Gap Inc. reported disappointing fourth-quarter sales amid global store closures and ongoing declines at its namesake and Banana Republic brands.
The apparel retailer predicted a return sales growth in 2021, with net sales in the mid- to high-teens percentage compared with 2020, with earnings in the range of $1.20 to $1.35 per share. Gap noted, however, that it expects inventory levels to be elevated into the second quarter as a result of higher in-transit inventory due to COVID-related U.S. port congestion and the impact on shipping timelines.
In a statement, CEO Sonia Synga said the company was focused on “delivering profitable growth in 2021. Gap also said it plans to open 30 to 40 Old Navy stores and 20 to 30 Athleta stores this year as it continues to downsize its Gap and Banana Republic footprint, with plans to close about 100 stores globally. The retailer ended the year with 3,715 stores in 45 countries, of which 3,100 were company operated, compared to 3,345 company-operated stores at the end of last year.
Gap posted net income of $234 million, or $0.61 a share, in the quarter ended Jan. 30, compared with a loss of $184 million, or $0.49 cents a share, in the year-ago period. Gap said its earnings included 45 cents a share for non-recurring tax benefits and 12 cents a share in impairment charges related to its Intermix business.
Net sales fell to $4.42 billion from $4.67 billion, missing estimates of $4.66 billion. By brand, net sales rose 5% at Old Navy and 29% at Athleta and fell 19% at Gap and 27% at Banana Republic. Total online sales rose 49%, accounting for 46% of net sales during the quarter.
Same-store sales increased 7% at Old Navy and 26% at Athleta, and decreased 6% at Gap and 22% at Banana Republic.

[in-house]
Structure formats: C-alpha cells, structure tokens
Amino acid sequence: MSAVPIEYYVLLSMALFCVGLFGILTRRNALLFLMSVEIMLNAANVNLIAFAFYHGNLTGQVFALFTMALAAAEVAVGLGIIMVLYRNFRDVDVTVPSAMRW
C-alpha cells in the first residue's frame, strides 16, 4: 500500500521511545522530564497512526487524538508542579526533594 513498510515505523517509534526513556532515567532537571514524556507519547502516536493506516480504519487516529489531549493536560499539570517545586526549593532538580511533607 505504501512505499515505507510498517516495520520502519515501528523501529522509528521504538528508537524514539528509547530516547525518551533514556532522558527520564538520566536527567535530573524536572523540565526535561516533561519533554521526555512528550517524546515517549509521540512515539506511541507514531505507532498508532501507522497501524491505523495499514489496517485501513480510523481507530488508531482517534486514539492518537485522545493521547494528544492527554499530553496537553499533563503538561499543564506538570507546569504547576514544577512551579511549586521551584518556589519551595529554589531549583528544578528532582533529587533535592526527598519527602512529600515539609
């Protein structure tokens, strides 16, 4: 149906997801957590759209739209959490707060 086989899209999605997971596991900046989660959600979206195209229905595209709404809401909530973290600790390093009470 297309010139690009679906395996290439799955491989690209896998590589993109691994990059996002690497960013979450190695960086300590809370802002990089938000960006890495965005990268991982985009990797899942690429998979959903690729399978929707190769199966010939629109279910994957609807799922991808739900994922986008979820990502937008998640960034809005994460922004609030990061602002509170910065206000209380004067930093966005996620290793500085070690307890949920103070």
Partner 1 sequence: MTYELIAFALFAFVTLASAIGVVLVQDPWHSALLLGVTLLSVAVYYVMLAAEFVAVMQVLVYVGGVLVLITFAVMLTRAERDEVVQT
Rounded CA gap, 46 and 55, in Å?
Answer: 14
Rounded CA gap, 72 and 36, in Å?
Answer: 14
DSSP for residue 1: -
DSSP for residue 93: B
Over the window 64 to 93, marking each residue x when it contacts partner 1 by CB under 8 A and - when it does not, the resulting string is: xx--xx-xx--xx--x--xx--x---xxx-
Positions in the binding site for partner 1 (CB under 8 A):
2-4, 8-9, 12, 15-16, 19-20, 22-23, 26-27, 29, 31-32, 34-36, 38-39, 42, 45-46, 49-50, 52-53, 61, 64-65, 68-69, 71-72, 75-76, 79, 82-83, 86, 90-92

For the full year, Gap reported $13.8 billion in sales, down from $16.38 billion in 2019. The company lost $665 million in 2020, or $1.78 a share, compared with net income of $351 million, or $0.93 a share.
“We faced one of the most difficult years in our company’s history and, throughout, our teams showed resilience and determination as we navigated unprecedented disruption in our industry to set a course for long-term growth,” stated CEO Sonia Syngal. “Our powerful brands moved to offense with purpose-led marketing and strength in relevant categories, like active and fleece, allowing us to gain meaningful market share quarter-over-quarter in a fragmented environment. This was enabled by our $6 billion online business and advantaged digital capabilities allowing us to expand our reach to more than 183 million customers this year.”
Gap said it ended its fiscal year with $2.4 billion in cash, cash equivalents, and short-term investments, compared to $1.7 billion at the end of fiscal year 2019, providing sufficient liquidity to address remaining challenges from the COVID pandemic, support the company’s long-term growth strategy, and return cash to shareholders.